By Alicia Sopatyk, PAg, Livestock and Feed Extension Specialist, Tisdale
Water is the most important nutrient for livestock. Water is consumed in large quantities relative to other nutrients, resulting in an increased risk of dissolved minerals in the water that can affect animal health and productivity. Even with recent rains, it is important to know the quality of your livestock water sources.
The Ministry of Agriculture provides water screening and testing services through our regional offices and Saskatchewan Crop Insurance Corporation (SCIC) offices. This service is available at no charge, provided the water is for livestock use and the livestock producer has a registered Premises Identification (PID) number in Saskatchewan.
One litre of water is required for each source and should be collected in a clean container, provided it can be reliably sealed, easily labelled and will not be at risk of breaking or leaking during transport. There are also sample jugs available in all regional or SCIC offices. Samples should be labelled with your name, source type (dugout, well, etc.), land location of the source and nick name of the source (i.e. East Pasture Slough). Collect the sample at the point where livestock are drinking from and keep it cool. Ideally, collect the sample the morning you plan to bring it into the regional or SCIC office.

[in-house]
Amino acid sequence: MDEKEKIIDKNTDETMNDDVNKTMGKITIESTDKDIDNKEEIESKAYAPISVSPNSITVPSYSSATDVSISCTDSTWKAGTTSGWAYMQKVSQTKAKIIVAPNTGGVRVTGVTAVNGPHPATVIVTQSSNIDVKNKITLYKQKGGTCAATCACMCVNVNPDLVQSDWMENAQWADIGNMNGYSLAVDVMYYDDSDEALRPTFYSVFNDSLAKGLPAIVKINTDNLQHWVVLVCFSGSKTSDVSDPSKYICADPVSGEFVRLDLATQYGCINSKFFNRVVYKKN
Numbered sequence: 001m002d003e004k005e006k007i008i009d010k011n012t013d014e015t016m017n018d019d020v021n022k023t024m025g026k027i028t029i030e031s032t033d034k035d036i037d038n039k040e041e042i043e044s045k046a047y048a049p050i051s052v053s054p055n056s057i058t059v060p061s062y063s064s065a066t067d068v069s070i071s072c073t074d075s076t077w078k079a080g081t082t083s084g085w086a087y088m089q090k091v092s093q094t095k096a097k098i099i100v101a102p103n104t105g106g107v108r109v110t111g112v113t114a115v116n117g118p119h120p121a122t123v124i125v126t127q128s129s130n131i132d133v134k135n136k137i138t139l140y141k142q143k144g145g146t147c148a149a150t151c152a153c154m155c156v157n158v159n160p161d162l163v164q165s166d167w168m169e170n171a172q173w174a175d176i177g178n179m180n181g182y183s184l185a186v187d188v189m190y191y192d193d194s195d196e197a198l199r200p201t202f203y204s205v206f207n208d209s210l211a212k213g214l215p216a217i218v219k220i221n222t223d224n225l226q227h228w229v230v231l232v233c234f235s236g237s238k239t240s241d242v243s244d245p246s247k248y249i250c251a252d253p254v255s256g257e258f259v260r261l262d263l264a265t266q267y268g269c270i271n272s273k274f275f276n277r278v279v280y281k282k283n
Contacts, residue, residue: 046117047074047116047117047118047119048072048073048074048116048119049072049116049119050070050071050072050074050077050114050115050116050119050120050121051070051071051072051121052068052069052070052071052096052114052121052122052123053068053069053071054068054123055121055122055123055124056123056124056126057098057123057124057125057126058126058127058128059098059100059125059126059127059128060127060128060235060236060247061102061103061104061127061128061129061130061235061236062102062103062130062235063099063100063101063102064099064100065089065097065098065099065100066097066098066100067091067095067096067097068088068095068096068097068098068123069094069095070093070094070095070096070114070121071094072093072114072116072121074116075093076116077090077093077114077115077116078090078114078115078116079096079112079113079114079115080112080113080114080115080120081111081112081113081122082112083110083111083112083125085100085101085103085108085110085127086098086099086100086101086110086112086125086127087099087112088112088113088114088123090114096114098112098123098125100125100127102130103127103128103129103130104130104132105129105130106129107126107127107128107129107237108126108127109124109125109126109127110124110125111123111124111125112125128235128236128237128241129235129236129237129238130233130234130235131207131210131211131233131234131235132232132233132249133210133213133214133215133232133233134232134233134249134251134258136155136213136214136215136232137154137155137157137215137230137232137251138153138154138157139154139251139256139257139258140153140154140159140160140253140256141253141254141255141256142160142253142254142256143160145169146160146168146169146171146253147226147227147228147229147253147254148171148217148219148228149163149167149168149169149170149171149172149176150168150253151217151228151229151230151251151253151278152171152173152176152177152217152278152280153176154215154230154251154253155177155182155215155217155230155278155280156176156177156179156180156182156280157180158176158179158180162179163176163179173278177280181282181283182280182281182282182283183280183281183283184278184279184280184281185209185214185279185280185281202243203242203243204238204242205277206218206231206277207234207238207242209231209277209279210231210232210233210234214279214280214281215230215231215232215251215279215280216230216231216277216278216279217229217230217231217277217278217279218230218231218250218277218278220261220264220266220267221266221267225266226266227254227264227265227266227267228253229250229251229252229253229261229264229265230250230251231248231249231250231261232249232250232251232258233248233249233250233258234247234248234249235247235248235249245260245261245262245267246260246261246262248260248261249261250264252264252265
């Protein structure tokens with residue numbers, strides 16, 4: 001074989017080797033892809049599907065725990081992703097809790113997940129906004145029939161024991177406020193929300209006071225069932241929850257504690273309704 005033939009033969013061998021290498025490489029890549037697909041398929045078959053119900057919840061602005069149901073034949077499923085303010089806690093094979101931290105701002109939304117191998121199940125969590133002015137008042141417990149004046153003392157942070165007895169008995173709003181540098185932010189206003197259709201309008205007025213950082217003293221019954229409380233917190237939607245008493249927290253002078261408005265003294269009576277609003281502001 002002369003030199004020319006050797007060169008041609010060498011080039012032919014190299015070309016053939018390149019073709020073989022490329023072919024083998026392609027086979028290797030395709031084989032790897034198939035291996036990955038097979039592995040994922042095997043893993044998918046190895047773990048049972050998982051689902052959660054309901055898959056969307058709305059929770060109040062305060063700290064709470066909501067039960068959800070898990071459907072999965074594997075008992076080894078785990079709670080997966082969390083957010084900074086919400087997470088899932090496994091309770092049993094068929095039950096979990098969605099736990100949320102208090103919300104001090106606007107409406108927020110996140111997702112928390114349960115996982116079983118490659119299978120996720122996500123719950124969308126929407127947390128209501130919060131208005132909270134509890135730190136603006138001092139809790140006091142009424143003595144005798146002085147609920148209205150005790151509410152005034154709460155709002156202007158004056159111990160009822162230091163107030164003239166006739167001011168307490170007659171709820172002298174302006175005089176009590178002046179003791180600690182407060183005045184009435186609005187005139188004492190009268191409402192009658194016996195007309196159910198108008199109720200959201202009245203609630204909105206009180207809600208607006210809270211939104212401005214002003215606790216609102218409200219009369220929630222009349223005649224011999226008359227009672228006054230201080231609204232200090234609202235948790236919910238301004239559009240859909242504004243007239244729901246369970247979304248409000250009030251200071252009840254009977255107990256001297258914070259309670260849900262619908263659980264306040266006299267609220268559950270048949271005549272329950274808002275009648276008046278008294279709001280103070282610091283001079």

Upon delivering your water sample, staff will ask for your contact information, PID number and a few specifics about the sample (timing of use, if visual symptoms/problems are observed, etc.). Where possible, livestock and feed extension specialists will screen samples using an electrical conductivity meter. While this is only an estimation of quality, we know that if conductivity is high, in most cases the water quality is poor. If the screen is borderline or there are extenuating circumstances, the sample will be sent to the Roy Romanow Lab for further testing. A specialist will follow up after receiving results from the lab to review them with you and assist in developing a management plan. This plan will also take feed into account, as a dietary approach is necessary when dealing with certain minerals.
Testing is the first step in determining water quality. Remember, turn-around times to receive results from the lab can vary. Allow ample time between sampling and use of the source in the event alternative plans need to be put into action.
Don’t delay, test your livestock water sources today. For more information about testing your water for livestock use, contact your local regional office or call the Agriculture Knowledge Center at 1-866-457-2377.